River Hongbao 2011 + Anthony Chen's 'The Reunion Dinner'

So SINdie's Jeremy Sing scored an invite to the largest annual celebration of Chinese New Year - River Hongbao. I went in his place since he couldn't make it (he was busy working on SINdie's poster exhibition!) and I was eager to see Anthony Chen's commissioned film 'The Reunion Dinner'.

I pondered for a long time on a better title for this post, for something that didn't scream 'THIS EVENT IS BORING AS BATSHIT', but any potentially witty working title eluded me. Probably because the event was really that boring - much of it was spent waiting. But this is coming from me, a somewhat young and cynical Gen X dude, so you might want to take my words with a pinch of salt.

Instead I'll touch on the positive points!

Well, the organizers have kindly done the younger audience members a favour by not having some getai singer belt out songs from the karaoke hitlist of hell list of CNY songs. In place they had a Chinese Orchestra playing a couple of songs; their music being something you'll either enjoy or find torturous to sit through. I'm guessing for the 70% of the audience members who are elderly, they'll belong to the former group.

The highlight of the night was definitely Anthony Chen's 'The Reunion Dinner'. More on that in a while.

The Singapore Chinese Orchestra on stage playing some numbers before the arrival of MM Lee.

Kids here dressed up as rabbits, in shiny tutus and complete with bunny ears. I find that wildly inappropriate somehow (even if it is the year of the Rabbit), but oh well. Whatever floats the audience's boat.

The arrival of MM Lee. I couldn't get a good picture of him on stage, so I decided to take a photo of him on the screen.

The Singapore Chinese Orchestra playing the score to 'The Reunion Dinner' live.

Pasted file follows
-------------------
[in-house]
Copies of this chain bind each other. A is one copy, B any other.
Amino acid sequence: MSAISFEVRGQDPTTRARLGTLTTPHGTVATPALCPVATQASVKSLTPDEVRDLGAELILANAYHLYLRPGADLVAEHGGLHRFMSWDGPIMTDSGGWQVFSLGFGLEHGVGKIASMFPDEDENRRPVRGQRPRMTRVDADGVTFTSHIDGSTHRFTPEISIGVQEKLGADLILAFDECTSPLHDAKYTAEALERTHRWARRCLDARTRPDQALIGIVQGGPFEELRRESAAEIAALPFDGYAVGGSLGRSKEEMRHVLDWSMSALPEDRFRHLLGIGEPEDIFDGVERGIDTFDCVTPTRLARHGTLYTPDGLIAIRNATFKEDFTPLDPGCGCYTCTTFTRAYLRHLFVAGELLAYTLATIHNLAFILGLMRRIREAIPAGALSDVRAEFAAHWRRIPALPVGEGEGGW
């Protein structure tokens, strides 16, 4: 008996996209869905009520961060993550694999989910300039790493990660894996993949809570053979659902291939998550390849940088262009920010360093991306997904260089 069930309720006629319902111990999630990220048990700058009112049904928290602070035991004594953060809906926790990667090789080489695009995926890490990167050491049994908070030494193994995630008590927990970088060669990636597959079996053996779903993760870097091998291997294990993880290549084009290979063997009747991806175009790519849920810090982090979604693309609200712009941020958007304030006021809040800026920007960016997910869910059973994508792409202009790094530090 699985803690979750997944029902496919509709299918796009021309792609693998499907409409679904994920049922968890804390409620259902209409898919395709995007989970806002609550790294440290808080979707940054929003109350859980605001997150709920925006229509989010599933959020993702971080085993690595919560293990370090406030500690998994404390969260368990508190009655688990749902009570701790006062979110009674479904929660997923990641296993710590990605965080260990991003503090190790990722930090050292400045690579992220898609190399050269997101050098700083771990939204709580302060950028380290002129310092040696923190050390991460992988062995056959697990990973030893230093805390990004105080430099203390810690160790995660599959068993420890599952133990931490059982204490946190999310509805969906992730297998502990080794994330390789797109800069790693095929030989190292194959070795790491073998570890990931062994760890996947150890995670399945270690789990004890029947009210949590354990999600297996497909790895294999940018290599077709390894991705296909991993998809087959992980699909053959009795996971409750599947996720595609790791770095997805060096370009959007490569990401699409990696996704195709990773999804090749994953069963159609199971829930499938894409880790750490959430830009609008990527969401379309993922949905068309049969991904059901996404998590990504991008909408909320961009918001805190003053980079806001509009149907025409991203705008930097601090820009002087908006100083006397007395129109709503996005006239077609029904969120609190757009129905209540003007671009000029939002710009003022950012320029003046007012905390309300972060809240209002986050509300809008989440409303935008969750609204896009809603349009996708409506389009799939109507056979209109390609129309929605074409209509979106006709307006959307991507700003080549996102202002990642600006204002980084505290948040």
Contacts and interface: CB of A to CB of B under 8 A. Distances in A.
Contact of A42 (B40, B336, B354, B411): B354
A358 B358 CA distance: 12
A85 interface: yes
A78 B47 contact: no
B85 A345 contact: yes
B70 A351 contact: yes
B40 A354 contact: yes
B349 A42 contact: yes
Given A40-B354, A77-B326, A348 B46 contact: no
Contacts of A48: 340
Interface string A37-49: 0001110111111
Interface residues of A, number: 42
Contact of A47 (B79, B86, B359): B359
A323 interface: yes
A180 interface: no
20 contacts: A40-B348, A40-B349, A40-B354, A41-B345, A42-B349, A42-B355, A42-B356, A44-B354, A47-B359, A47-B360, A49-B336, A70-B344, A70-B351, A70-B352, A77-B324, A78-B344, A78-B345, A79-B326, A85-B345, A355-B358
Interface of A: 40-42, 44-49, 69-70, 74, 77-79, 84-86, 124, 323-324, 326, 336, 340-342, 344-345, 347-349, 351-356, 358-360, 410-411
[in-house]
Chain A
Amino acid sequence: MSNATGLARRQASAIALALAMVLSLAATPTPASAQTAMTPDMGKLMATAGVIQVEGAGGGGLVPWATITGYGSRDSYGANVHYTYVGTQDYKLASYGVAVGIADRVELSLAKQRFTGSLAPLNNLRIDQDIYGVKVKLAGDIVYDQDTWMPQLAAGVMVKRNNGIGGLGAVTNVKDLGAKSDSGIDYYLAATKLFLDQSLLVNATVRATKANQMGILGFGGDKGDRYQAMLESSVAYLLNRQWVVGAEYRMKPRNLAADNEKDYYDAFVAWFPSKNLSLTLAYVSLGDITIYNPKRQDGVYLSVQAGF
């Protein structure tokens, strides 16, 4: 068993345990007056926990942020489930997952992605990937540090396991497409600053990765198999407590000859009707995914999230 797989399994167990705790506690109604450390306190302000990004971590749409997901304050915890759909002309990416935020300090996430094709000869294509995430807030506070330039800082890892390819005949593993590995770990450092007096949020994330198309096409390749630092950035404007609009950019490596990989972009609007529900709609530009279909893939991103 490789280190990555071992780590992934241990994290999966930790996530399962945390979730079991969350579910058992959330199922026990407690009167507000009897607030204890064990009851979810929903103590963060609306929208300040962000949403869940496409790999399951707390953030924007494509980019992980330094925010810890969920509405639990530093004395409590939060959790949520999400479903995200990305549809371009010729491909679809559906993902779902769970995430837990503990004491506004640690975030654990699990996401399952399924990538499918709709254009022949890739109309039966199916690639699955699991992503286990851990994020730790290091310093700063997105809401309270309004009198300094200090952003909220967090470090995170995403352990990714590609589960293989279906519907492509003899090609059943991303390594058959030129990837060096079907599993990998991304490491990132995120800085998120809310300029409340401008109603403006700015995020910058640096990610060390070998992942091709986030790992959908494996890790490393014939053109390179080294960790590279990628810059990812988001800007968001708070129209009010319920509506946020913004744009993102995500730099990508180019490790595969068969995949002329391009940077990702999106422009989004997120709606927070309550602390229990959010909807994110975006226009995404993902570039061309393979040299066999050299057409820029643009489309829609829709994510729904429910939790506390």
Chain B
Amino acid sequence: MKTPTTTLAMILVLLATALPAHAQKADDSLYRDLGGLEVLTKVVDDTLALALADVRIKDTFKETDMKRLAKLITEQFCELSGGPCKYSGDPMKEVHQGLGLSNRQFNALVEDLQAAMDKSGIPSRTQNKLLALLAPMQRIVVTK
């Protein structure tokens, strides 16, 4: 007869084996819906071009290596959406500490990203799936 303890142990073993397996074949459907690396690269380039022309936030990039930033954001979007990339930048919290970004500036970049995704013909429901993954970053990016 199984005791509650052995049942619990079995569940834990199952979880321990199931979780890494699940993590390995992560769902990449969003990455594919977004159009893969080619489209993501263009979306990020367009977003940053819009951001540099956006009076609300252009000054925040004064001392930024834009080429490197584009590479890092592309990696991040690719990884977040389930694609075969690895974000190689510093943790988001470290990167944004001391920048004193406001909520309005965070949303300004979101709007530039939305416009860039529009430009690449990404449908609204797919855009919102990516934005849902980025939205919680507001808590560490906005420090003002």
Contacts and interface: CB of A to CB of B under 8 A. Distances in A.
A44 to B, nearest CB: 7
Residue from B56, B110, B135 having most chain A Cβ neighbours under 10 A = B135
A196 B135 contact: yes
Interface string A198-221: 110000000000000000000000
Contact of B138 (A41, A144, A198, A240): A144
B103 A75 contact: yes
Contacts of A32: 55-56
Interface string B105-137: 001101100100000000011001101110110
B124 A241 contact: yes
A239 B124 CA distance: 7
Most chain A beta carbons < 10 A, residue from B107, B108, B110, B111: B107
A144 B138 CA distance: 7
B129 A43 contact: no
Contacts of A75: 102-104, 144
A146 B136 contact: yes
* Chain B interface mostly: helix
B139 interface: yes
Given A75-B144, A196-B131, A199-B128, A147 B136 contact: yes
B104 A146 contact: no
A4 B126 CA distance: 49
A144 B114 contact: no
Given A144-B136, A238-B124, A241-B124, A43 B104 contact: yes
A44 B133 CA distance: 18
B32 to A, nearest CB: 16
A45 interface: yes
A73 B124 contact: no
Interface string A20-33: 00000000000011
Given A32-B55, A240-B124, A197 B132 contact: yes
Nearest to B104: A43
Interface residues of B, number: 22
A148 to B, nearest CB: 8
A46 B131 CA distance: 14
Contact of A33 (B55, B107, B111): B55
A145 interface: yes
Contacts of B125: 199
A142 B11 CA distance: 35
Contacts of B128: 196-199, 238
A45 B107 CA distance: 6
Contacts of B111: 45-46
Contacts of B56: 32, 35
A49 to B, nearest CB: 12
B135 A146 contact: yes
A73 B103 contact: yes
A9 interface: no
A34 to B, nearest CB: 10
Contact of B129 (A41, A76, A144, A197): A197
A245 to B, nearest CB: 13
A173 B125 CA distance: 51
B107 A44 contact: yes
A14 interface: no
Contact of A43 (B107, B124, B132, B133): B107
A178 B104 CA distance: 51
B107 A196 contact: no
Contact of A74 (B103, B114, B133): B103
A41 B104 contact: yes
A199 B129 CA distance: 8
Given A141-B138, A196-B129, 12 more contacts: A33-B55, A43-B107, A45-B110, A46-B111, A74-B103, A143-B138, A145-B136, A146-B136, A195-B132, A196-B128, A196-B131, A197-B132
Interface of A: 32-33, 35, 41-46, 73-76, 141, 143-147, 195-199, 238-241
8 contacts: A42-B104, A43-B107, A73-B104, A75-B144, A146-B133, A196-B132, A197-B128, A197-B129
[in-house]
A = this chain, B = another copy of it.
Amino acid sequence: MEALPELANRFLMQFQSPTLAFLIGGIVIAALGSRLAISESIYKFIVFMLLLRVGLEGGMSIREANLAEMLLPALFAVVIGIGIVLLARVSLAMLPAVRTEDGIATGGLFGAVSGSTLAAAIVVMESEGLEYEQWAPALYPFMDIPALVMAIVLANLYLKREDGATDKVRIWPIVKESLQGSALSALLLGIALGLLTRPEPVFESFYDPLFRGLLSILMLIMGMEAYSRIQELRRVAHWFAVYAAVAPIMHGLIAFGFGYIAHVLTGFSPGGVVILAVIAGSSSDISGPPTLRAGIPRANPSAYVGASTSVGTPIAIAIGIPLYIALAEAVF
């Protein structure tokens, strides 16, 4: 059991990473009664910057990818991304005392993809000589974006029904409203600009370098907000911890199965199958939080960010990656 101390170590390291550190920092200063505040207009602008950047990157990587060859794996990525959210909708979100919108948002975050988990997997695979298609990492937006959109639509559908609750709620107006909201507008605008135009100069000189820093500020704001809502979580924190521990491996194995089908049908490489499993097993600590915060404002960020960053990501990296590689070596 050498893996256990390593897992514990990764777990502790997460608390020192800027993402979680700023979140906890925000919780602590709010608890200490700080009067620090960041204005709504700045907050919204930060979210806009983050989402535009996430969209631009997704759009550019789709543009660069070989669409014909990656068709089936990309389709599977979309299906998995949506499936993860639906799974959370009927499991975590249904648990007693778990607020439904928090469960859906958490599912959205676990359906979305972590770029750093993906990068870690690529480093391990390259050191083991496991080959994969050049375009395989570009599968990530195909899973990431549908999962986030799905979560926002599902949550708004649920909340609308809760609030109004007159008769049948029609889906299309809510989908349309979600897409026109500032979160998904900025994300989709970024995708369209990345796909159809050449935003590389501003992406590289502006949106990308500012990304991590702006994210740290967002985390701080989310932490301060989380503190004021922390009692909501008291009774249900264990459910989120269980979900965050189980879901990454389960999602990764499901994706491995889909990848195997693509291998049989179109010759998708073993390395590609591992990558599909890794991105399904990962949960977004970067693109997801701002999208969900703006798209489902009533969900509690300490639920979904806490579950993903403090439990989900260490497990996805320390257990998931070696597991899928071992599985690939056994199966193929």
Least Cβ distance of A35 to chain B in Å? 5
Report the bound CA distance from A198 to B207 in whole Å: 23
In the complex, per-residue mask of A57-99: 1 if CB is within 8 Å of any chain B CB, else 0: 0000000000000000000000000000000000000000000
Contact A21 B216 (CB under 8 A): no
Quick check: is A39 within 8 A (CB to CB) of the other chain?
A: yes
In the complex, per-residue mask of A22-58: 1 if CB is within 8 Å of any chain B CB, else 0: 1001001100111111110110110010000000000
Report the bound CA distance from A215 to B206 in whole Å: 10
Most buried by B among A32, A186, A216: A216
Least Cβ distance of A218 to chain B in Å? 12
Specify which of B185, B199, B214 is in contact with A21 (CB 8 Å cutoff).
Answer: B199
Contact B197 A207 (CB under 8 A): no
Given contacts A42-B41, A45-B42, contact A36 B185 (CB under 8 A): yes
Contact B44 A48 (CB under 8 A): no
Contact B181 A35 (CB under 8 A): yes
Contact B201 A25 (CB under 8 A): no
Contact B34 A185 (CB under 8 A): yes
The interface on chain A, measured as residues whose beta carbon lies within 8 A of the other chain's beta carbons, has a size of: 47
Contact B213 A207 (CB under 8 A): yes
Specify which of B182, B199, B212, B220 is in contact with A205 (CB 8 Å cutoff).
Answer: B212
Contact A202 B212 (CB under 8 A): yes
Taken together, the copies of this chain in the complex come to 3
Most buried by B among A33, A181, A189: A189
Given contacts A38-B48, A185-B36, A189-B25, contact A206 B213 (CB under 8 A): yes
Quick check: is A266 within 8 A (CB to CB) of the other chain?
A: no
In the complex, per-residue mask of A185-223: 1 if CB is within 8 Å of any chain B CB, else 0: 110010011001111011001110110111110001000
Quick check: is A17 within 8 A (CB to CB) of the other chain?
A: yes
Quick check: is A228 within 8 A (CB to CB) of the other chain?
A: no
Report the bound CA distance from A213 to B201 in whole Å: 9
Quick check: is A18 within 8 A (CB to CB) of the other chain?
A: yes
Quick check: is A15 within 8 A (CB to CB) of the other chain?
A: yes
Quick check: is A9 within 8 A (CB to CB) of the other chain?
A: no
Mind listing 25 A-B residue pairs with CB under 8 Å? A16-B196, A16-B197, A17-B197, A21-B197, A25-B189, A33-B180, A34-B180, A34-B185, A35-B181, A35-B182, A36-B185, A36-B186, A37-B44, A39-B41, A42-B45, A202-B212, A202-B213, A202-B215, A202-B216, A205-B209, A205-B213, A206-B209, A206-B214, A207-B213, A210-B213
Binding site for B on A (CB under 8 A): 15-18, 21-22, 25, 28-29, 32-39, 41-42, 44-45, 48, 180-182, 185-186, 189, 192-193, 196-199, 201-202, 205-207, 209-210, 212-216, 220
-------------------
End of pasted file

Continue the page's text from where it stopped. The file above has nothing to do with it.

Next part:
First impressions of 'The Reunion Dinner': The film tracks the protaganist's life in his family through the motif of tradition - in this case, a family's reunion dinner. The film spans three different eras: the protaganist as a young boy, then a teenager, and finally a grown man (and a father). Beautifully reconstructed sets are a sight to behold. The slightly muted colours of the scenes in the 70's and 80's manage to simultaneously convey both the simplicity of its time, as well as the vibrancy of life then; juxtaposed against the piercingly sharp colours of the scenes in the final act, he makes clear the progress and development Singapore has went though in the past decades, and makes a strong statement on the sophistication of modern Singapore. He then uses this to drive home the message that Singapore's outward appearances might have changed and life might be radically different now, but the tradition of the CNY reunion dinner, as well as the heart of the ritual - the importance of family - will and must endure. As a festival commissioned piece, the film may be forgiven for painting an overly optimistic picture of family, one nearly devoid of conflict throughout its course. Still, Anthony Chen remains a master of exploring basic human sentiments often difficult to articulate through a minimalist script, much in the vein of previous works 'Ah Ma' and 'Hotel 66' (though The Reunion Dinner has comparatively more dialogue). In this film he succintly portrays the love of family without resorting to emotional histrionics. I think it is this minimalism that I'm starting to see define his works - his films may have an interesting premises and beautiful textures, but he strips his films bare by discarding the (overly) dramatic elements so often resorted to, and uses the most mundane and common everyday gestures to explore basic human impulses and subsequently bring about a modicum of catharsis. (Of course, I've only watched 3 of his shorts so far, so this is just my general impression.)

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